35. Difficult Decisions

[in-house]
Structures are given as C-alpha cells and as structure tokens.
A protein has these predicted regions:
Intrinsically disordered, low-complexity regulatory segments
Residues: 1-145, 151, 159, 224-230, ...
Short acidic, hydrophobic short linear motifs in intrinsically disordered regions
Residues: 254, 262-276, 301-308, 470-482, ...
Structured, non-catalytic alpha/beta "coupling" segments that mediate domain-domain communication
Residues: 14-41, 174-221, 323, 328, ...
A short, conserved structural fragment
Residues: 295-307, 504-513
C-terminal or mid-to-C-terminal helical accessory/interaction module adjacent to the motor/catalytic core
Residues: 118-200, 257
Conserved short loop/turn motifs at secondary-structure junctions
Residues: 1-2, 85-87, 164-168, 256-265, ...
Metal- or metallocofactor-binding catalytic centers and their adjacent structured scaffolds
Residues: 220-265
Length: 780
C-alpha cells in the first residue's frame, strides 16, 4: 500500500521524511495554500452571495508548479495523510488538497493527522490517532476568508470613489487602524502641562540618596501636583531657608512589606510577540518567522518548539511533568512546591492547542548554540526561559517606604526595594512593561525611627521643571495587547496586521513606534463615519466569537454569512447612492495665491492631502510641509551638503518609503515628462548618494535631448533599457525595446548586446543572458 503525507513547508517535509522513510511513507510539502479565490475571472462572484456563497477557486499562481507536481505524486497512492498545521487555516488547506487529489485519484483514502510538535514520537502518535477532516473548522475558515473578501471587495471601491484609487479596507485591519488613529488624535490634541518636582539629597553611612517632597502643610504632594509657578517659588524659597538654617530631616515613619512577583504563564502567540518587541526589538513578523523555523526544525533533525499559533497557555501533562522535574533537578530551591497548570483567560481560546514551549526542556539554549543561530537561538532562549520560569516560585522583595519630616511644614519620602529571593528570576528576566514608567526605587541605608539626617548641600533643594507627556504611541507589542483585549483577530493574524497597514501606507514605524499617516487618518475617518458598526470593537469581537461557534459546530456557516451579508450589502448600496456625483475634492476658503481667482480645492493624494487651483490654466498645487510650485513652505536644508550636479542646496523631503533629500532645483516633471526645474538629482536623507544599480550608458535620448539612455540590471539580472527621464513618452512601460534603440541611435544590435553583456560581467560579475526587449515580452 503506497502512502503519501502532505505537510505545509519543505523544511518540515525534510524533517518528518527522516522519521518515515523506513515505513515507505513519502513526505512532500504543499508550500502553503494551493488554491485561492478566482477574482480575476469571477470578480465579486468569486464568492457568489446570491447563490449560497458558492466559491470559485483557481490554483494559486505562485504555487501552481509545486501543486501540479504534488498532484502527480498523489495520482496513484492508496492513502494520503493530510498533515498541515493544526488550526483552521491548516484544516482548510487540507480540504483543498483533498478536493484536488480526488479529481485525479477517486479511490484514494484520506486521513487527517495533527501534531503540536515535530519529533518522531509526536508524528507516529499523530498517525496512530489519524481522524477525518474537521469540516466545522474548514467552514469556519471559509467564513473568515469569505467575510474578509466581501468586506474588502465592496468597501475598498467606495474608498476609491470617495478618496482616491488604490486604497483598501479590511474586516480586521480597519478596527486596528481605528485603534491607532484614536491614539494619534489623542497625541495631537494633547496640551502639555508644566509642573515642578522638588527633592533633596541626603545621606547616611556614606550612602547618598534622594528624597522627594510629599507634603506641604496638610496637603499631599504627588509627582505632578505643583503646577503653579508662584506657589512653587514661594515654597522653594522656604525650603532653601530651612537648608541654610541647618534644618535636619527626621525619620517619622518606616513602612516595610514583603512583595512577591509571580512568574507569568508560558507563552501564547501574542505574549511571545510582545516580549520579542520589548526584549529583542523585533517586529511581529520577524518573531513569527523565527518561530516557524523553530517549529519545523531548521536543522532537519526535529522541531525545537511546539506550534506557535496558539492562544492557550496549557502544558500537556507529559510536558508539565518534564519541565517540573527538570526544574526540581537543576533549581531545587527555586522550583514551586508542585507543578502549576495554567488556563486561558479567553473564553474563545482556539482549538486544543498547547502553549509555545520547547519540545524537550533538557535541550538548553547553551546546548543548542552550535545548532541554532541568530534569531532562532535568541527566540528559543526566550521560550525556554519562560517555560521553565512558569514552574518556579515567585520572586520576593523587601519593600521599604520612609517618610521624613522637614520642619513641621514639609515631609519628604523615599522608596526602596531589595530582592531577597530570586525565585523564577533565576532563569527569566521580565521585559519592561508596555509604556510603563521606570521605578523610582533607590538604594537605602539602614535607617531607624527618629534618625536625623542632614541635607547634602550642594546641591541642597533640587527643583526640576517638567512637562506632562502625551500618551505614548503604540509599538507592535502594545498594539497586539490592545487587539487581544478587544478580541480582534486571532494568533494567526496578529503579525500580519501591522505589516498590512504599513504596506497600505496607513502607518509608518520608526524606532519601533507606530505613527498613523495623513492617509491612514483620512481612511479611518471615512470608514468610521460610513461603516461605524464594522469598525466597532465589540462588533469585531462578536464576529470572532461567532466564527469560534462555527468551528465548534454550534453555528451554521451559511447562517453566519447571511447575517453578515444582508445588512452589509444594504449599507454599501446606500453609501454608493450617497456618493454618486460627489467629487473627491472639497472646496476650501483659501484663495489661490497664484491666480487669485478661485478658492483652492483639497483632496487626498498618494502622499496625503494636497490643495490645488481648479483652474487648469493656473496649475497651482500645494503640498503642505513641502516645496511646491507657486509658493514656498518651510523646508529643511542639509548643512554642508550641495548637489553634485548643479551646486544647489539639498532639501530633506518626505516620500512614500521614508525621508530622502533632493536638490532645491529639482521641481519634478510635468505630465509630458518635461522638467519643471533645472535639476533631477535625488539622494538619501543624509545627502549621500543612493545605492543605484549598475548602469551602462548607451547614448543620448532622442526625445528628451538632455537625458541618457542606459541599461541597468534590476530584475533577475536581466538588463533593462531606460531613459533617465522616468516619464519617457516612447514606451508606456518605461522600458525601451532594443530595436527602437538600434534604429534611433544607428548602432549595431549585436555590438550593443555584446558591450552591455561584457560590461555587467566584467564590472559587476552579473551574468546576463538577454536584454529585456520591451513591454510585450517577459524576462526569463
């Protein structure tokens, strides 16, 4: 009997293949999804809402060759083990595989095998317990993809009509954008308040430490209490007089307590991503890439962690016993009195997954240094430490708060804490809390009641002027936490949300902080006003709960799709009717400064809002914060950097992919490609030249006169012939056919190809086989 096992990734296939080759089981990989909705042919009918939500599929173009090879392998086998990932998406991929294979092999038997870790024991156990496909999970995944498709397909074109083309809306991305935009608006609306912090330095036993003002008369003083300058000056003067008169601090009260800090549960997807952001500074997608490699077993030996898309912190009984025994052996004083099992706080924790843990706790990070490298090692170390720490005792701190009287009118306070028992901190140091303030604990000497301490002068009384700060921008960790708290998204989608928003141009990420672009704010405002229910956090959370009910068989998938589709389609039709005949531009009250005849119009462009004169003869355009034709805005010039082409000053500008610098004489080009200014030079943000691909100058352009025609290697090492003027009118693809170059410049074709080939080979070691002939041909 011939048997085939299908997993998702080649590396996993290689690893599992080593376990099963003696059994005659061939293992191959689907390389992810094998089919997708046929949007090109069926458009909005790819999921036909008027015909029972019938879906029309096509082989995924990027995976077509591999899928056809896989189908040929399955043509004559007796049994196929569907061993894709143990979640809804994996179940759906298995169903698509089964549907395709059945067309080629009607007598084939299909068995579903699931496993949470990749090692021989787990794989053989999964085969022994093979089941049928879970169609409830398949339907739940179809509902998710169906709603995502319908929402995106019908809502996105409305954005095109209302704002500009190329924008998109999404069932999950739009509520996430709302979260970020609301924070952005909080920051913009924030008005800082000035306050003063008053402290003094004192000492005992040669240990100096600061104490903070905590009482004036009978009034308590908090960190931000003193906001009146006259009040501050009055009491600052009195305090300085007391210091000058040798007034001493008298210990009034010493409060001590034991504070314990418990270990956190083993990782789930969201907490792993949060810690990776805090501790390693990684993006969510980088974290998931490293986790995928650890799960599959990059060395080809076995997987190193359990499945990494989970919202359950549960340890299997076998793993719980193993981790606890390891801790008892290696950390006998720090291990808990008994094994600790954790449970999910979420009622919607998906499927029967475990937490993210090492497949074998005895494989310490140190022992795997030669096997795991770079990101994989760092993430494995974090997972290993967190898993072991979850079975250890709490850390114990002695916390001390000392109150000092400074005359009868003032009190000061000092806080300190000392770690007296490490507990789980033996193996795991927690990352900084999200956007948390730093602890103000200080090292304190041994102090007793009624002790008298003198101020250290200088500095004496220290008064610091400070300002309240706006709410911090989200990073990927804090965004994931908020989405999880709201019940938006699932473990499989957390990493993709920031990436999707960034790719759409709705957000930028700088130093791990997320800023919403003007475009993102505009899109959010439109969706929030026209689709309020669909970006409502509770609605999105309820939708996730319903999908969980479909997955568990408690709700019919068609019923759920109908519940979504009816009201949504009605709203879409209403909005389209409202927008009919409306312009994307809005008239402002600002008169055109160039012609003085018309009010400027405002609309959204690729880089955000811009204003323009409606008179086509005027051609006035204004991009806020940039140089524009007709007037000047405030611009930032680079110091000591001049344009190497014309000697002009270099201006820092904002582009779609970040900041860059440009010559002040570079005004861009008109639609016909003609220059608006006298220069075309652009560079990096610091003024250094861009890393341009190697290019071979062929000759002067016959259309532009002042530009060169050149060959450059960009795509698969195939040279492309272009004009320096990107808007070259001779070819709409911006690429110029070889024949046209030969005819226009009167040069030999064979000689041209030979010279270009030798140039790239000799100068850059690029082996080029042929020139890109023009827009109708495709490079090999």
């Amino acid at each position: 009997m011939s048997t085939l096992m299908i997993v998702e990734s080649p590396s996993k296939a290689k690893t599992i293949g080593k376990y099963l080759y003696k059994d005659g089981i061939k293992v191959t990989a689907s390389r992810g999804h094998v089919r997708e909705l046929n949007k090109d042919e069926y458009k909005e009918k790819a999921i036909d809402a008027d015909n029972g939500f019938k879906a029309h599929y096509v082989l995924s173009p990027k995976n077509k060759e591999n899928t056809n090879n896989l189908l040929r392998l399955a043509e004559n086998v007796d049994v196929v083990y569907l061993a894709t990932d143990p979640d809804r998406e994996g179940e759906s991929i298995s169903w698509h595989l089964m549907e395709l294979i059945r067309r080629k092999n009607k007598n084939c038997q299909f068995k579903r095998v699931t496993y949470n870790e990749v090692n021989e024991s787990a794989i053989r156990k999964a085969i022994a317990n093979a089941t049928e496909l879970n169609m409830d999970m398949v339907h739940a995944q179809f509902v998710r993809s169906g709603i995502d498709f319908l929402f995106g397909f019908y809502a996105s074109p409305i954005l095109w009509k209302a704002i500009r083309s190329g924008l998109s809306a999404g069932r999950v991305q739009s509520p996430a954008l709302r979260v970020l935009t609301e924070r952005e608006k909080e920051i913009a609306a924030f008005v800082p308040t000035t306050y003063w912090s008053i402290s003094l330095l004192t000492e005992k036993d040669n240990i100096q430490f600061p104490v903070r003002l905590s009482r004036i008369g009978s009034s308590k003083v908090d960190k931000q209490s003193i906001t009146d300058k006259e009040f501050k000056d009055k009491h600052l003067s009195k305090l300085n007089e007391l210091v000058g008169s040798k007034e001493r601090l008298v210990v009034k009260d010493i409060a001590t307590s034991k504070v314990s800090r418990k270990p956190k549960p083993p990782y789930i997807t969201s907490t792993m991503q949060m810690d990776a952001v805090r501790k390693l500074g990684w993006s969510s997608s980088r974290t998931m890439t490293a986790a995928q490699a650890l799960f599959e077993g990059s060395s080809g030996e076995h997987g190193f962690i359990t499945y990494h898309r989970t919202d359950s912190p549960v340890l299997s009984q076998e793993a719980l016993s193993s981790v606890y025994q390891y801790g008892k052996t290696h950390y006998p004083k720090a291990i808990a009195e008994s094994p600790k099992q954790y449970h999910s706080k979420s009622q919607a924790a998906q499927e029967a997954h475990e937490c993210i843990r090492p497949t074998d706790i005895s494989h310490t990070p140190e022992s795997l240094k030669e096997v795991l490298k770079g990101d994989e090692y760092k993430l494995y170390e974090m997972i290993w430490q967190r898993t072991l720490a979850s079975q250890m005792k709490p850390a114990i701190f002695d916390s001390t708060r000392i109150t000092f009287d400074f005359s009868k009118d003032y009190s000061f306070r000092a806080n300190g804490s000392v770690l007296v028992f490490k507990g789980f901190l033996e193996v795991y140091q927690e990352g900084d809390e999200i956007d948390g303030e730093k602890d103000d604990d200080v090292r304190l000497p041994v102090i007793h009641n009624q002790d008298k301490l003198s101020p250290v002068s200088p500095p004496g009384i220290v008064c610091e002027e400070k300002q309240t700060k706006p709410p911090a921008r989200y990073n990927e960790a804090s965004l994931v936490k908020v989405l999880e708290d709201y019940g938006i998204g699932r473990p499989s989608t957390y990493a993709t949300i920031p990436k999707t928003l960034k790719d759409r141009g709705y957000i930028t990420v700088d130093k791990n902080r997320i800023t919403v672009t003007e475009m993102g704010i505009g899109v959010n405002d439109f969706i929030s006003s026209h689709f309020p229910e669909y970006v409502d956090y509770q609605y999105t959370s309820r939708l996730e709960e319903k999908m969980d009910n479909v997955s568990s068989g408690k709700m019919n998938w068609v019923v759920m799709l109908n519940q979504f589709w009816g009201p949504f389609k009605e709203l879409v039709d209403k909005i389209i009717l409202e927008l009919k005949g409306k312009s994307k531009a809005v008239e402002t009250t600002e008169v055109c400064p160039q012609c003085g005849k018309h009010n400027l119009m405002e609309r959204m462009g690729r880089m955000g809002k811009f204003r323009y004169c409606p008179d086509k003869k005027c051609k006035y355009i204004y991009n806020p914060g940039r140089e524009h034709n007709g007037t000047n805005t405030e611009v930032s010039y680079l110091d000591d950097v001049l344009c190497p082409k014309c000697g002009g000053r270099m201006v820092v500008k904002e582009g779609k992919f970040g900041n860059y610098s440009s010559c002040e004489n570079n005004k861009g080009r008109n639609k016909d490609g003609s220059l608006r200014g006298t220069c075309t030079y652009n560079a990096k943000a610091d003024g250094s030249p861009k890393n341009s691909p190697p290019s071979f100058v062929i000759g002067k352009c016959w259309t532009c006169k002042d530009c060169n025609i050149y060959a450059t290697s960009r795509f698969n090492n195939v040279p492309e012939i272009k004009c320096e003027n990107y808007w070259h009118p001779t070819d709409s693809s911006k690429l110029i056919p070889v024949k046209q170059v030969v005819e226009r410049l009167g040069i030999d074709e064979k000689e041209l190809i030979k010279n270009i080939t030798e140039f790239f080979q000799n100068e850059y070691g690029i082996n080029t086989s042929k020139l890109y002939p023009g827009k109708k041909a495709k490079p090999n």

One of the challenges that often accompanies change is the need to make difficult decisions. This weeks tip looks at decision-making, the unhelpful ways we often approach it, and some thoughts and a tool to make it easier. Difficult decisions 'I don't see the point of making a decision until you absolutely have to.' David, a 'perceiver' Some people find it easier to make decisions than others. If you read my tips about judging and perceiving types (Tips 26 and 27), you may remember that judging types tend to like closure, while perceiving types tend to like openness. Decision-making tends to come harder, therefore, to the perceiving type. Nevertheless, all types can have trouble making decisions, especially when the decision is an important, potentially life-changing one. And especially when that decision has to be made soon. Most decisions, if you allow them to take their natural course, make themselves. You may fret and fret over a dilemma - for days, months, maybe even years - but one day you wake up and suddenly the answer is clear. Something - your unconscious, the universe - has taken over and made the decision for you. When faced with an important decision that has to be made before that natural process takes place, we naturally feel fear. For someone who is considering leaving jobs or changing careers, for example, these are the kinds of thoughts that might feed that fear. � I might make a mistake, and that would be terrible � There is a perfect job for me, if only I could find it � There is a right and wrong decision, and to make the wrong one would be disastrous � Changing course signifies failure/lack of commitment � No-one will ever employ me again Interestingly you could apply these thoughts, almost unchanged, to changing many other life situations. Sometimes the fear is magnified by an immense drive to make a decision, because the uncertainty is awful and we hope that once a decision is made we will feel better. If you have a difficult decision to make, or can remember a previous one, what would it be like to have (had) the following thoughts instead? � There is no such thing as a bad decision. Different decisions just bring you different experiences in life, all valuable � If a decision is hard to make, then both or all your options must have value, and maybe the decision is not as important as you think. � Few decisions are irreversible � Life is a series of explorations, not a fast train to a known destination A decision-making tool I had a client, Nadia, who was having trouble with deciding whether to apply for a particular job. It was a job that she had been waiting for for a long time, in a wonderful organisation where the work was exciting and interesting and the colleagues inspiring and fun. There was one problem. There had been a recent change in director and this person was quickly gaining a reputation for being ruthless and insensitive and many of the inspiring and fun colleagues she looked forward to working with were heading for the door. In addition, Nadia already had a job which she enjoyed. It wasn't her dream job in the way the other was, but she liked the work and she liked her colleagues. The deadline for applications was in five day's time and she had no idea what to do. I asked her, what would be good about getting the new job? She told me it would be fun, great colleagues, interesting work, nice location. I asked her what would be good about staying where she was. She told me stability, enjoyment, easy travel, nice colleagues. She paused and then said: 'And I wouldn't have to work for a psychopath.' Having written down these points in two columns, I asked her to score each one out of ten for importance to her. She scored 9 for fun, 9 for great colleagues, 8 for interesting work, 6 for location. For staying where she was she scored 7 for stability, 7 for enjoyment, 6 for easy travel, 9 for nice colleagues, and ...... 10 for 'I wouldn't have to work for a psychopath.' You see, Nadia had worked for a psychopath before, and was still licking her wounds. She suddenly knew what was most important to her and the decision was made there and then. She would not apply. There was no job that would good enough to make up for working for a lousy manager. If you have a difficult decision to make, Try this 1. Take a piece of paper and draw two columns, or more if you have more choices. At the top of each column, write down that option. 2. For each option write a list of what would be good about it. 3. For each point, give a score out of ten for how important it is to you. Your gut feeling is the best guide here. 4. Rather than adding up the scores, sit back and look at them. What do they tell you about what is important to you? 5. Consider if you are confining yourself unnecessarily to too few options. Often there is a third or fourth option that you haven't thought of, and that combines the good things about both the other options. If all else fails When I was a child, perhaps nine or ten years of age, I went with some friends to a large outdoor swimming pool. My friends were regular users of this pool, but for me it was the first visit. One of the prize features of the pool was a set of diving boards - a spring board, a medium level board, and a high board. A very high board. My friends were all used to jumping off this high board and I was determined to do it as well. I climbed up the long, winding staircase to the top. I stood in the queue and saw how high we were, how heart-stoppingly long the drop. I reached the head of the queue, I looked down, and I was terrified. I couldn't do it. I stood to one side to allow others to pass. My heart pounded. My friends laughed. I still couldn't do it. I don't know how long I stood up there, ten minutes, twenty? Maybe even more. I just couldn't jump. I didn't think I was going to die if I jumped. I don't think I even thought I was going to hurt myself. It was just such a long way down and once I jumped there would be no going back. But equal to my terror was my determination to do it. Eventually I realised that I couldn't take the leap on my own. I asked the next person in the queue to push me. And she did. 'As you go the way of life, you will see a great chasm. Jump It is not as wide as you think' Joseph Campbell Good luck with your decisions and, as always, do let me know how you get on. Have a great week!